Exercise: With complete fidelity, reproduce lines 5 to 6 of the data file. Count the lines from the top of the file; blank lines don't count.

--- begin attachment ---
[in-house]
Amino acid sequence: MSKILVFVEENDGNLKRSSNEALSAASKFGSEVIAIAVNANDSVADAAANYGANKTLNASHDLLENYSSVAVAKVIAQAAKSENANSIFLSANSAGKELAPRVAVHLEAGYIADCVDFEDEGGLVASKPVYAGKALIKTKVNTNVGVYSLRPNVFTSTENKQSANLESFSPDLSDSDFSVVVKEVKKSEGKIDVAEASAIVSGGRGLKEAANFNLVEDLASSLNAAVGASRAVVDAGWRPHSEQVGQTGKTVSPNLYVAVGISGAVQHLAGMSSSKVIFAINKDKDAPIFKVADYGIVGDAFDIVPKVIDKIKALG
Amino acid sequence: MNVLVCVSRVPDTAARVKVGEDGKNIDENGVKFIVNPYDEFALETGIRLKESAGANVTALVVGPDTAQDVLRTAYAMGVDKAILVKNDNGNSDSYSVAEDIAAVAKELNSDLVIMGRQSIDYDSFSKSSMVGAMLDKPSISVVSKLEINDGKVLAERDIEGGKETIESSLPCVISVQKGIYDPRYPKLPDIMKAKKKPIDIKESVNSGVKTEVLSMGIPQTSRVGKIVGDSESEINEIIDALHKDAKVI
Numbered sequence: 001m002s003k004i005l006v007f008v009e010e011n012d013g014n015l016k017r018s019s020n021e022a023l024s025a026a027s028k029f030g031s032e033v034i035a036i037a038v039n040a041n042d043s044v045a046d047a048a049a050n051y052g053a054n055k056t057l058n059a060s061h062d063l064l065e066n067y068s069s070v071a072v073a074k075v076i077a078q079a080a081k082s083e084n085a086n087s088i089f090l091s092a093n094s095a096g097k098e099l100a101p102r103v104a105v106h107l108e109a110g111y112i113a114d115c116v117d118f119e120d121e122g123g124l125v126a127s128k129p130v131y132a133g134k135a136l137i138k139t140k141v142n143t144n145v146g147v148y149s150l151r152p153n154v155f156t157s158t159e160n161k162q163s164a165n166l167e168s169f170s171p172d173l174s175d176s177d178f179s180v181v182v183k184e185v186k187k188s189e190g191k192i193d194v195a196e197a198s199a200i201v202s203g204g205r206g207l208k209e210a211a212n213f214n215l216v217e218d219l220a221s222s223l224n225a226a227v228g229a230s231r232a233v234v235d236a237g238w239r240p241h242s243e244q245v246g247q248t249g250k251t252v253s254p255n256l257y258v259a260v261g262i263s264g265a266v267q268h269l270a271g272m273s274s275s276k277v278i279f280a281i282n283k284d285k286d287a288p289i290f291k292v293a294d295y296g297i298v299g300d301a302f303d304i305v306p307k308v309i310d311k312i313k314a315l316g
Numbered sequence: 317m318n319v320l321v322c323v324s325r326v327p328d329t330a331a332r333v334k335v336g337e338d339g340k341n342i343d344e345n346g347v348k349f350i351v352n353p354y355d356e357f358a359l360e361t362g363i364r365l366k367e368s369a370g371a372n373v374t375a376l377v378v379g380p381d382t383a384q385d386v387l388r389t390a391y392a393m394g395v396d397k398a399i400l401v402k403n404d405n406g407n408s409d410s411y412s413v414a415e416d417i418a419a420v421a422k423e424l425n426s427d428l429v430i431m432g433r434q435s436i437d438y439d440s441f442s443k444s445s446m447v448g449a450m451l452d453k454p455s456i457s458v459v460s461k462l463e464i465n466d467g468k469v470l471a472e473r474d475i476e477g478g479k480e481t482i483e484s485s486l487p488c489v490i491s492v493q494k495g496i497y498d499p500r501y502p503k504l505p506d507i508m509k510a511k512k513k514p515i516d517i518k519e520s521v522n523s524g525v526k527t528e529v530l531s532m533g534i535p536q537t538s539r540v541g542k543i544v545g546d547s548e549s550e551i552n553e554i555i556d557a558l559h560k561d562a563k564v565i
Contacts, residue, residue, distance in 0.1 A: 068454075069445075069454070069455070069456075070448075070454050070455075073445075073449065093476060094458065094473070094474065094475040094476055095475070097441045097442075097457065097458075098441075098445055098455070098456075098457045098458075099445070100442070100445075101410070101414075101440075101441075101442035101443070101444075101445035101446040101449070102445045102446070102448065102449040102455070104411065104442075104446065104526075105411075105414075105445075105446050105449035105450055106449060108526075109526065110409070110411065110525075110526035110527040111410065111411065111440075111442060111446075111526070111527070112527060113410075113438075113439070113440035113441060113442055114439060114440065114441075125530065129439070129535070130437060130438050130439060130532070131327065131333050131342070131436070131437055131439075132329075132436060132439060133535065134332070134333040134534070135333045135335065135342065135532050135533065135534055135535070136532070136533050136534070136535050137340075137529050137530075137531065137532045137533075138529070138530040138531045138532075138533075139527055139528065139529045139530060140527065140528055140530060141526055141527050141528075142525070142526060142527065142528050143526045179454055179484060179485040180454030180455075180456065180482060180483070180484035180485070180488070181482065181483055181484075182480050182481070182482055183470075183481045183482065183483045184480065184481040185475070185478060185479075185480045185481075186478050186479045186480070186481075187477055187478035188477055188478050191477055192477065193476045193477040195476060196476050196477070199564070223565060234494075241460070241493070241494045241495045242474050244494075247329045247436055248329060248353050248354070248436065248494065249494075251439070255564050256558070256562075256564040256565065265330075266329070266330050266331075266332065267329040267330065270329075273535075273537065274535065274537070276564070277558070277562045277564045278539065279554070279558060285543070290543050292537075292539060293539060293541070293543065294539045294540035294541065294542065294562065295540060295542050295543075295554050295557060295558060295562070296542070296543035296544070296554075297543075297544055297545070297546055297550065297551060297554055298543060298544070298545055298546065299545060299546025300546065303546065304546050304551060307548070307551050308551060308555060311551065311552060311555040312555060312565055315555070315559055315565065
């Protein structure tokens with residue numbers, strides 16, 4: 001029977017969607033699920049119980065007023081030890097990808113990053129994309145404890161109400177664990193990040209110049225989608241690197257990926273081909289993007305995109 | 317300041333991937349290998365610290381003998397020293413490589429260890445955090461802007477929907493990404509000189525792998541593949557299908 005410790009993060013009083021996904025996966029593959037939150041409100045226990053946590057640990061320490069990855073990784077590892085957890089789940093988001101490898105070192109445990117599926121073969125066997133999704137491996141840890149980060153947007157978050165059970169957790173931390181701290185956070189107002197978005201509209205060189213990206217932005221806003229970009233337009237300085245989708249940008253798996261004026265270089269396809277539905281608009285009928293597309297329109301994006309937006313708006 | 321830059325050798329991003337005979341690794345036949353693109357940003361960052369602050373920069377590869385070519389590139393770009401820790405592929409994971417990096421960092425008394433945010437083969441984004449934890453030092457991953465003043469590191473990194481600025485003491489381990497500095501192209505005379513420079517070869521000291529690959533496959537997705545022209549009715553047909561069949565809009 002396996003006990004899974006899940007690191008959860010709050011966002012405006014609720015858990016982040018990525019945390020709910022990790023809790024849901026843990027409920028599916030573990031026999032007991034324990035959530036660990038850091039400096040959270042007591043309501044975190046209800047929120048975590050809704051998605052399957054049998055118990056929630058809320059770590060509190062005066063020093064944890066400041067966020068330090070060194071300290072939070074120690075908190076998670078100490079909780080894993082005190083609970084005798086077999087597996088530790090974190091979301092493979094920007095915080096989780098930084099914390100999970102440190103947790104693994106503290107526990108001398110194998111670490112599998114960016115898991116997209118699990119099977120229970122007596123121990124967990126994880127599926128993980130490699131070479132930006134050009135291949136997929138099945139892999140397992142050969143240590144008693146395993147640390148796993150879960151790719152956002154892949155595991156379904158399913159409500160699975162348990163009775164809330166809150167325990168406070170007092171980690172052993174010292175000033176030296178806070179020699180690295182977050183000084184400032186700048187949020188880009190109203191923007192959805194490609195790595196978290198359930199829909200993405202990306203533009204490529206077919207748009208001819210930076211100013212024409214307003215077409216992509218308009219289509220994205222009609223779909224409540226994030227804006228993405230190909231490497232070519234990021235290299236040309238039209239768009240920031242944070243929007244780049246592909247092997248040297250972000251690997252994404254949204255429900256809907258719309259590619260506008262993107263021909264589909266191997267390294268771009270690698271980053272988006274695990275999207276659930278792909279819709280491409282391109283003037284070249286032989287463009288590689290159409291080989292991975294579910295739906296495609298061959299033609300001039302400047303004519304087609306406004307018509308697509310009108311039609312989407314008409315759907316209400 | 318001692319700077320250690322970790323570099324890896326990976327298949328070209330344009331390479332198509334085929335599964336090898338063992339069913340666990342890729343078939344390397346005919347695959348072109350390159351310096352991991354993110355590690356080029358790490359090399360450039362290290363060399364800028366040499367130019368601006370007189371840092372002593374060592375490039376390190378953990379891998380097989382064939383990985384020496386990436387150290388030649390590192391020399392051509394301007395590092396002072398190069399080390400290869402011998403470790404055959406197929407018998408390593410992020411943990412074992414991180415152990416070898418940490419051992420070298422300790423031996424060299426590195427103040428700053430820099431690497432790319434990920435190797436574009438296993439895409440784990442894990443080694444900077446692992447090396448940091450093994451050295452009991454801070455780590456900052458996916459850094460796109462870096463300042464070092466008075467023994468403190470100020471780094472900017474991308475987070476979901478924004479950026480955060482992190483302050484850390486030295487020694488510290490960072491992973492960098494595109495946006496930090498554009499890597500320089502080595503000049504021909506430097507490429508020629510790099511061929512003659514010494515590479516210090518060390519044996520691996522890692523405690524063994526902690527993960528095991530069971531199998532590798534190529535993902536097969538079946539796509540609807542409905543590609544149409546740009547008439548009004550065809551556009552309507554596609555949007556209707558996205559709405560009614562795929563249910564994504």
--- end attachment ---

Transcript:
Numbered sequence: 317m318n319v320l321v322c323v324s325r326v327p328d329t330a331a332r333v334k335v336g337e338d339g340k341n342i343d344e345n346g347v348k349f350i351v352n353p354y355d356e357f358a359l360e361t362g363i364r365l366k367e368s369a370g371a372n373v374t375a376l377v378v379g380p381d382t383a384q385d386v387l388r389t390a391y392a393m394g395v396d397k398a399i400l401v402k403n404d405n406g407n408s409d410s411y412s413v414a415e416d417i418a419a420v421a422k423e424l425n426s427d428l429v430i431m432g433r434q435s436i437d438y439d440s441f442s443k444s445s446m447v448g449a450m451l452d453k454p455s456i457s458v459v460s461k462l463e464i465n466d467g468k469v470l471a472e473r474d475i476e477g478g479k480e481t482i483e484s485s486l487p488c489v490i491s492v493q494k495g496i497y498d499p500r501y502p503k504l505p506d507i508m509k510a511k512k513k514p515i516d517i518k519e520s521v522n523s524g525v526k527t528e529v530l531s532m533g534i535p536q537t538s539r540v541g542k543i544v545g546d547s548e549s550e551i552n553e554i555i556d557a558l559h560k561d562a563k564v565i
Contacts, residue, residue, distance in 0.1 A: 068454075069445075069454070069455070069456075070448075070454050070455075073445075073449065093476060094458065094473070094474065094475040094476055095475070097441045097442075097457065097458075098441075098445055098455070098456075098457045098458075099445070100442070100445075101410070101414075101440075101441075101442035101443070101444075101445035101446040101449070102445045102446070102448065102449040102455070104411065104442075104446065104526075105411075105414075105445075105446050105449035105450055106449060108526075109526065110409070110411065110525075110526035110527040111410065111411065111440075111442060111446075111526070111527070112527060113410075113438075113439070113440035113441060113442055114439060114440065114441075125530065129439070129535070130437060130438050130439060130532070131327065131333050131342070131436070131437055131439075132329075132436060132439060133535065134332070134333040134534070135333045135335065135342065135532050135533065135534055135535070136532070136533050136534070136535050137340075137529050137530075137531065137532045137533075138529070138530040138531045138532075138533075139527055139528065139529045139530060140527065140528055140530060141526055141527050141528075142525070142526060142527065142528050143526045179454055179484060179485040180454030180455075180456065180482060180483070180484035180485070180488070181482065181483055181484075182480050182481070182482055183470075183481045183482065183483045184480065184481040185475070185478060185479075185480045185481075186478050186479045186480070186481075187477055187478035188477055188478050191477055192477065193476045193477040195476060196476050196477070199564070223565060234494075241460070241493070241494045241495045242474050244494075247329045247436055248329060248353050248354070248436065248494065249494075251439070255564050256558070256562075256564040256565065265330075266329070266330050266331075266332065267329040267330065270329075273535075273537065274535065274537070276564070277558070277562045277564045278539065279554070279558060285543070290543050292537075292539060293539060293541070293543065294539045294540035294541065294542065294562065295540060295542050295543075295554050295557060295558060295562070296542070296543035296544070296554075297543075297544055297545070297546055297550065297551060297554055298543060298544070298545055298546065299545060299546025300546065303546065304546050304551060307548070307551050308551060308555060311551065311552060311555040312555060312565055315555070315559055315565065